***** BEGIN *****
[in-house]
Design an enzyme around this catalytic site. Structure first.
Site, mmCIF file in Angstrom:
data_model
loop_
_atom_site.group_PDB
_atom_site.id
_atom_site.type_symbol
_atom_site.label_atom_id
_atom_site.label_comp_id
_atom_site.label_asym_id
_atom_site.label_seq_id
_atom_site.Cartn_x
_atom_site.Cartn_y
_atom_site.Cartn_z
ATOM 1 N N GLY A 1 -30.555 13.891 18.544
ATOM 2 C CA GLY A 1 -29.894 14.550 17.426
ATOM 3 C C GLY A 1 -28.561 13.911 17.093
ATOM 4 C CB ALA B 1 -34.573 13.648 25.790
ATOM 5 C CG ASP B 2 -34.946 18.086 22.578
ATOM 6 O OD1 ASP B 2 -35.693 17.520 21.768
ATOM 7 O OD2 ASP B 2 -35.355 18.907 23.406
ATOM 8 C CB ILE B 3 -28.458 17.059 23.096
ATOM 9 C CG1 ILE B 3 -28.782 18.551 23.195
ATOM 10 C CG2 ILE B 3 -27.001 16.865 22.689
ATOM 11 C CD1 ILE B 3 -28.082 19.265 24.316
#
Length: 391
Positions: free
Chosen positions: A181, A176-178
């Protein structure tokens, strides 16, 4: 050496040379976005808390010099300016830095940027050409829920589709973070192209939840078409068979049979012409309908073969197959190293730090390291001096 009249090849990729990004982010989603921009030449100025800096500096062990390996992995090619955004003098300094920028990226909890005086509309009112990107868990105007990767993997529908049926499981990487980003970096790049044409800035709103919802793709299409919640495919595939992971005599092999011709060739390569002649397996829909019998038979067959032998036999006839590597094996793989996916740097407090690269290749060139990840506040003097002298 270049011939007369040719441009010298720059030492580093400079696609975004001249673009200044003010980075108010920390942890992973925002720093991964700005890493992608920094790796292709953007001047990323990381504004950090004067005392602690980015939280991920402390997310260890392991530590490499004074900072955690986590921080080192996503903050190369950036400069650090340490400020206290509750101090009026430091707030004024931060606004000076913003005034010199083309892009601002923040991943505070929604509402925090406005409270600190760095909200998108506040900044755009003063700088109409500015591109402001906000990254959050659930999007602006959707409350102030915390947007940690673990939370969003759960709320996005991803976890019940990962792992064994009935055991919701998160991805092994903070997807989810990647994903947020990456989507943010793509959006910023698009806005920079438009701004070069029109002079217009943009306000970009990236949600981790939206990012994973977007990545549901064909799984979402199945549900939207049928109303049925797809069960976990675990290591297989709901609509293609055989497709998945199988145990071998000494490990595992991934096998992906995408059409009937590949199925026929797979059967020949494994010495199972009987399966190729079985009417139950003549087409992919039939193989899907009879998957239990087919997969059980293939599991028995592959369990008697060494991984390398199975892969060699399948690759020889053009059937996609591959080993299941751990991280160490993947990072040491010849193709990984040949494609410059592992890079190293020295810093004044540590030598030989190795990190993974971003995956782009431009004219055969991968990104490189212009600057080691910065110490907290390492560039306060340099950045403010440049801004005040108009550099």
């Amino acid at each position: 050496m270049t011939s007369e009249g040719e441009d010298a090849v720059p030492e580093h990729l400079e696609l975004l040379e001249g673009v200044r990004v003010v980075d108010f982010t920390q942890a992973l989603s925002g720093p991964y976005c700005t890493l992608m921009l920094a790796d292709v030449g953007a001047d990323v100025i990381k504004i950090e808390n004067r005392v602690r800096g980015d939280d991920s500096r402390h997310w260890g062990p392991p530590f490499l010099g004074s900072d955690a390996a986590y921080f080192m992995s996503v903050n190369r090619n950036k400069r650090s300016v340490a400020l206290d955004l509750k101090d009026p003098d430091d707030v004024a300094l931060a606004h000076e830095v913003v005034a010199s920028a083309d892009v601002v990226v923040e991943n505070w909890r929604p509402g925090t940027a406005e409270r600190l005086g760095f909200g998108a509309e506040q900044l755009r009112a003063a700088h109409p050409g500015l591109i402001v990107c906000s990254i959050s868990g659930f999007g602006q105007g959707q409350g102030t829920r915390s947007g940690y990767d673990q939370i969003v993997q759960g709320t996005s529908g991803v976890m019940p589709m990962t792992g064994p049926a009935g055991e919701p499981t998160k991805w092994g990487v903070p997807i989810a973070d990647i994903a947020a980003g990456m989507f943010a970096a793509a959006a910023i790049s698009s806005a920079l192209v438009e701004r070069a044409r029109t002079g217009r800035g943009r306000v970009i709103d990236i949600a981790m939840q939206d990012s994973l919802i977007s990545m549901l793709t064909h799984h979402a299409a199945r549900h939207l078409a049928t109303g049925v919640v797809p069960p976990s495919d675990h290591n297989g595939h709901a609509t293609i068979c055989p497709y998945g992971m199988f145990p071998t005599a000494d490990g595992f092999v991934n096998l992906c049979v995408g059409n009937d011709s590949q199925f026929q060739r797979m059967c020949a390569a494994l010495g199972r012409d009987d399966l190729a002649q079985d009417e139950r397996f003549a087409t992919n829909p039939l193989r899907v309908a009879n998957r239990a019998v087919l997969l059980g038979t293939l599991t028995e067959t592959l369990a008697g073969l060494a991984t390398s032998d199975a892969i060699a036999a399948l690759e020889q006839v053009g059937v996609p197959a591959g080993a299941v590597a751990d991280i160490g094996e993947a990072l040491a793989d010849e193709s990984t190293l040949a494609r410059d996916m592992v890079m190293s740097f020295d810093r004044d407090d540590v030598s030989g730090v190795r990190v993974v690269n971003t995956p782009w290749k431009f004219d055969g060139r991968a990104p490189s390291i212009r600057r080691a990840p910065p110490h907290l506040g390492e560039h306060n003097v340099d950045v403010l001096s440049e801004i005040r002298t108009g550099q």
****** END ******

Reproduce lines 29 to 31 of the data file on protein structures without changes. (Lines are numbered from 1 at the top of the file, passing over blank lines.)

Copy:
Positions: free
Chosen positions: A181, A176-178
């Protein structure tokens, strides 16, 4: 050496040379976005808390010099300016830095940027050409829920589709973070192209939840078409068979049979012409309908073969197959190293730090390291001096 009249090849990729990004982010989603921009030449100025800096500096062990390996992995090619955004003098300094920028990226909890005086509309009112990107868990105007990767993997529908049926499981990487980003970096790049044409800035709103919802793709299409919640495919595939992971005599092999011709060739390569002649397996829909019998038979067959032998036999006839590597094996793989996916740097407090690269290749060139990840506040003097002298 270049011939007369040719441009010298720059030492580093400079696609975004001249673009200044003010980075108010920390942890992973925002720093991964700005890493992608920094790796292709953007001047990323990381504004950090004067005392602690980015939280991920402390997310260890392991530590490499004074900072955690986590921080080192996503903050190369950036400069650090340490400020206290509750101090009026430091707030004024931060606004000076913003005034010199083309892009601002923040991943505070929604509402925090406005409270600190760095909200998108506040900044755009003063700088109409500015591109402001906000990254959050659930999007602006959707409350102030915390947007940690673990939370969003759960709320996005991803976890019940990962792992064994009935055991919701998160991805092994903070997807989810990647994903947020990456989507943010793509959006910023698009806005920079438009701004070069029109002079217009943009306000970009990236949600981790939206990012994973977007990545549901064909799984979402199945549900939207049928109303049925797809069960976990675990290591297989709901609509293609055989497709998945199988145990071998000494490990595992991934096998992906995408059409009937590949199925026929797979059967020949494994010495199972009987399966190729079985009417139950003549087409992919039939193989899907009879998957239990087919997969059980293939599991028995592959369990008697060494991984390398199975892969060699399948690759020889053009059937996609591959080993299941751990991280160490993947990072040491010849193709990984040949494609410059592992890079190293020295810093004044540590030598030989190795990190993974971003995956782009431009004219055969991968990104490189212009600057080691910065110490907290390492560039306060340099950045403010440049801004005040108009550099």